Supervisor: Don Ketterhagen

The TIME Program was developed in 1985 as a self-contained, complete, alternative school to meet the needs of adjudicated, emotionally disturbed and other high risk youth who are unable to function in a conventional educational setting. The program was developed, in part, out of a growing concern over the high drop-out rates of emotionally disturbed youth who were also experiencing difficulties within their families or with the Juvenile Justice System.

Alcohol and Other Drug Abuse counseling, anger management, individual, group, and family therapy is an accepted part of the daily curriculum. As a result, it is not uncommon for individual students to be involved in one or more treatment related activities on school grounds, as well as the home or clinic setting.

Our philosophy, derived from Native American tradition, focuses on "The Circle of Courage" as the cornerstone of creating a positive educational climate for today's discouraged youth. The "Circle" affords students the opportunity to achieve success by touching on four areas of personal growth: The spirit of belonging; the spirit of mastery; the spirit of independence; and the spirit of generosity.

Coordinator: Michelle Runnion
The Treatment Foster Care Program recruits, licenses, and trains foster parents to provide homes for high-risk/special needs children and adolescents who are considered at risk for medium to long term placement outside of their natural home and/or community. Professional program workers provide social work and other support services including emergency on-call availability 24 hours a day, seven days a week, weekly individual, group and/or family mental health and/or AODA counseling and foster family problem solving and needs resolution meetings.
Supervisor: Nicole Mitchell

High School Liaison Program: The High School Liaison Program's prevention and intervention efforts address the needs of youth (ages 14-17) who are currently at-risk for academic failure or dropout. This program provides services for youth and families referred by Kenosha County Department of Children and Family Services, Prevention Services Network (PSN) and Kenosha Unified School District. Liaisons are stationed at Tremper, Bradford, Reuther and Indian Trails High Schools.

Middle School Liaison Program: The Middle School Liaison Program's prevention and intervention efforts address the needs of middle school aged youth who are at-risk for truancy, academic difficulties and delinquency. Many of these identified youth will also be at-risk for gang involvement as well as alcohol and drug abuse. Services will be provided to these youth and their families at Bullen, Lincoln and Washington Middle Schools.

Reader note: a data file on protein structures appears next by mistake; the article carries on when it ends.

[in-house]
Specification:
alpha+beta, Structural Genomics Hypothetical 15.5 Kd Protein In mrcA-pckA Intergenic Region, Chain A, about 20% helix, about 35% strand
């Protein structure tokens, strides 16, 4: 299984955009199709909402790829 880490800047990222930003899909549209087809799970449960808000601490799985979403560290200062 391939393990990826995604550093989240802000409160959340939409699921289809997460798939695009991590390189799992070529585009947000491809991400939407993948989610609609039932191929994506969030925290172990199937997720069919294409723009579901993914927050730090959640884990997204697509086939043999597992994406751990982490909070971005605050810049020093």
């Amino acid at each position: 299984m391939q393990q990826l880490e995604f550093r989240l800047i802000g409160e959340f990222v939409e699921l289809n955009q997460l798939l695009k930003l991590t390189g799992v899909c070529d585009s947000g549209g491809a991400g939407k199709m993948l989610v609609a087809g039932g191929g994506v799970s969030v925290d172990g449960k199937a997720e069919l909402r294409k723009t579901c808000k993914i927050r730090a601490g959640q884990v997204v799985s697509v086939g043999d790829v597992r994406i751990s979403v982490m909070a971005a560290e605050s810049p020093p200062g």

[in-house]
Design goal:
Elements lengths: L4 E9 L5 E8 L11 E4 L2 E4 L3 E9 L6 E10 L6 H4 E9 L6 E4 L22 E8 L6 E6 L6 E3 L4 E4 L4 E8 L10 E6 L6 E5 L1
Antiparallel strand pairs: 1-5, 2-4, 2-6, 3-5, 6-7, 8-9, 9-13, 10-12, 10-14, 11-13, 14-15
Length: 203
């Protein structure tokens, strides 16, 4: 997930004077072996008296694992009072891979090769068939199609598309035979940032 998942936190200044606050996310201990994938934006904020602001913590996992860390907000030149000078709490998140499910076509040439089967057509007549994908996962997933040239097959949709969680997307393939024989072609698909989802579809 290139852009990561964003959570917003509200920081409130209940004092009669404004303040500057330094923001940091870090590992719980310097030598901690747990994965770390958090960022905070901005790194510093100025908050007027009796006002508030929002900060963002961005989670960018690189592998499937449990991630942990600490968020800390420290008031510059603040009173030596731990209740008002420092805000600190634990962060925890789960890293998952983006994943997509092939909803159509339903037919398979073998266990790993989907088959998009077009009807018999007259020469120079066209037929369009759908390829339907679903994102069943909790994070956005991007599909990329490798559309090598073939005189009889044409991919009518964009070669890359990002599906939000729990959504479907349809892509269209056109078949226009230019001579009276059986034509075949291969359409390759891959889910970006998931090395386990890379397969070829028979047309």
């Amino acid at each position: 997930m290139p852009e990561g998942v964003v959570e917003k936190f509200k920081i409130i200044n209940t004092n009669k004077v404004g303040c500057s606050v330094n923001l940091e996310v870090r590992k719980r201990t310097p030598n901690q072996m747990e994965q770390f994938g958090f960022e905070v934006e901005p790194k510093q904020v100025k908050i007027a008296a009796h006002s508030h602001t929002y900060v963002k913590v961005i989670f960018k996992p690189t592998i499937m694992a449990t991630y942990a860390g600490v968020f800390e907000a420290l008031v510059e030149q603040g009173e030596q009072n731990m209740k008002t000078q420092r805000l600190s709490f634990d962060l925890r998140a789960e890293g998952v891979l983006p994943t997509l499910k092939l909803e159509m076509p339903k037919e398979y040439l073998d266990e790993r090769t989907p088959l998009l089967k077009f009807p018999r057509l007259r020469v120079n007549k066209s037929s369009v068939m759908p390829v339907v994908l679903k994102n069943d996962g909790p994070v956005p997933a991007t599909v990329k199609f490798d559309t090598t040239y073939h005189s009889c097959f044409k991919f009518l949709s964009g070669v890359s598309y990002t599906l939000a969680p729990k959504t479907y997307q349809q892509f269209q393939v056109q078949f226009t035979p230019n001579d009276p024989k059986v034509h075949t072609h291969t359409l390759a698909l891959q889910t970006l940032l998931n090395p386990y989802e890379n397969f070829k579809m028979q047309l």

Elementary School Truancy Reduction Program: Services are provided to families that assist parents in engaging in their child’s education in order to reduce their child’s truancy and promote educational success. Elementary staff will work with families to create individualized strategies and support services in order to provide concrete supports to parents to prevent truancy, ultimately resulting in increased success for students.

WIA Youth Employment Program: In conjunction with the Boys & Girls Club of Kenosha, this program provides case management services to WIA eligible participants, ages 14 to 21. Case management services and follow up are essential for participants to become positive, contributing workers and citizens. This program increases awareness of attitudes, expectations and performance associated with the world of work.

Supervisor: Chris Schoen

The Comprehensive Alcohol and Drug Treatment Program (CADTP) is designed to work with adults who have abused or are addicted to heroin and/or alcohol and have a history of criminal behavior or psychiatric hospitalizations. Through intensive case facilitation, medication assisted treatment and alcohol and drug counseling, the program provides participants with the necessary skills, resources and treatment to become more productive members of society. The program works closely with the Department of Human Services' Division of Aging and Disability as well as other community based agencies to access resources for housing, employment, transportation and economic support.